Is Psychotherapy More Effective When Therapist

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Is Psychotherapy More Effective When Therapist Disclose Information



Is Psychotherapy More Effective When Therapist Disclose Information About Themselves?


In the world of psychology therapist raise a question whether or not they should disclose personal information during psychotherapy.  Several therapists have suggested that therapist self-discloser can have a positive impact on treatment. From this view, self-discloser by the therapists may elicit greater discloser by the client enhancing the possibilities for client self-exploration(e.g., Bugental, 1965, chap.  7; Jourad, 1971, chap. 17; Strassberg, Roback, DAntonio & Gable, 1977).  In addition, self-discloser is thought to encourage an atmosphere of honesty and understanding between client and therapist, fostering a stronger and more effective therapeutic relationship).  However many other therapist disagrees with that statement. They reply  psychodynamic theorist since Freud have generally regarded therapist self-disclosure as detrimental to treatment because it might interfere with the therapeutic process, shifting the focus of therapy away from the client(e.g., see cutis, 1982b; Freud, 1912/1958; Greenson, 1967, chap.  3). In addition, it is argued  that therapist self-discloser may adversely affect treatment outcome by exposing therapist weakness or vulnerabilities, thereby undermining client trust in the  therapist(e.g., see cutis, 1982b, 1981)


According to the journal These differences in identifying therapist self-disclosures may be of importance in the evaluation of their impact on treatment. For example, theoretical concerns about therapist self-discloser have emphasized the risk of shifting the focus of therapy away from the client.  However when therapist self-disclose, are in direct response to comparable client disclosers the presumed risk of alerting the focus of treatment is likely to reduced.



The study: clients
There are a total of 36 clients that participated in the study, 15 being men and 21 being women. All of the clients requested therapy and also the clients are over the age of 18.  Exclude from the study were clients exhibiting sings of psychotic behavior, disoriented thinking, or neurological impairment.  The mean age of the clients is 27, the range 18-42. The client presenting problem included issues such as depression, social or performance anxiety, relationship conflicts or lack of impulse control.  None of the client where aware of the study.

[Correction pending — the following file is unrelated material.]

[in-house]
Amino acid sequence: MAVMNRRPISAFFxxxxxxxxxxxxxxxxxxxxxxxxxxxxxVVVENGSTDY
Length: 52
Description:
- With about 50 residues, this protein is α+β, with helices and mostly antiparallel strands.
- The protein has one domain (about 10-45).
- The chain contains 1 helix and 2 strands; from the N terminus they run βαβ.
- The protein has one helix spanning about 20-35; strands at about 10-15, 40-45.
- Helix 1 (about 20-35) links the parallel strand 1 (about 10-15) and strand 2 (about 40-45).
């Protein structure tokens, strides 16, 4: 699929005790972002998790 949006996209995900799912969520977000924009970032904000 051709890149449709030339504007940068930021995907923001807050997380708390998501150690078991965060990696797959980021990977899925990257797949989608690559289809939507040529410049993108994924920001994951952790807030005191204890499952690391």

The study: therapists
There were a total of 18 therapists that participated in the study 7 being men and 11 being women.  The mean age of the therapist is 28.5, the range is 22 42. All were doctoral students who had completed at least 2 years of clinical training (m= 3.6 years


,range 2-5 years). Before beginning the study, the therapist had conducted a mea of 1,319 hr of therapy (Mdn = 950 hr, range =400-5,000 hr).  

The study is scheduled one therapist for every two client. The therapists are separated in three parts of self-discloser 1-none, 2-mild, and 3-extreme.  Six psychology undergraduate students, who had not been informed of the treatment conditions, were trained to listen audiotapes of the therapy sessions and rate the frequency, duration and intimacy of disclosures that occurred during treatment. To prepare them for the reading task and judge the intimacy of each discloses.    The client judge their improvement in a 9 point scale 1- none, 3- little, 5- fair amount, 7- great amount, and 9- very great amount.
The study
Table I: Means for client measures in the increased and limited discloser conditions

Disclosure Condition
MEASUREIncreasedLimitedMSEF (1,15)  ofDifference
Therapist disclosure4.32.62.008.50*
Symptom distress1.61.90.117.40*
Liking for therapist6.75.71.126.30*





Table II:  mean number of therapist and client self-disclosures per treatment session in the increased and limited disclosure condition
Disclosure Condition
Source of disclosureIncreasedLimitedMSEF (1,15)  ofDifference
Therapist4.92.34.3013.18*
Client63.064.744.740.57

Table III:  mean levels of intimacy for therapist and client self-disclosures in the increased and limited disclosure condition
Disclosure Condition
Source of disclosureIncreasedLimitedMSEF (1,15)  ofDifference
Therapist2.62.00.268.87
Client3.63.60.100.03

The study: Results
According to the study therapist self-disclosure can influence the outcome of psychotherapy. When therapists were instructed to increase their level of self-disclosure, the clients they treated reported greater reduction in symptom distress than did comparable clients from whom therapist limited their level of disclosure. In addition



clients with reductions of symptoms distress, clients also liked their therapist more when therapist disclosed was increased.
My views

There is from the result of the clients and the observers it can be said that when a therapist even attempt to build a relation ship with a client, the client will be affected negatively or positive. However, I question whether I would want my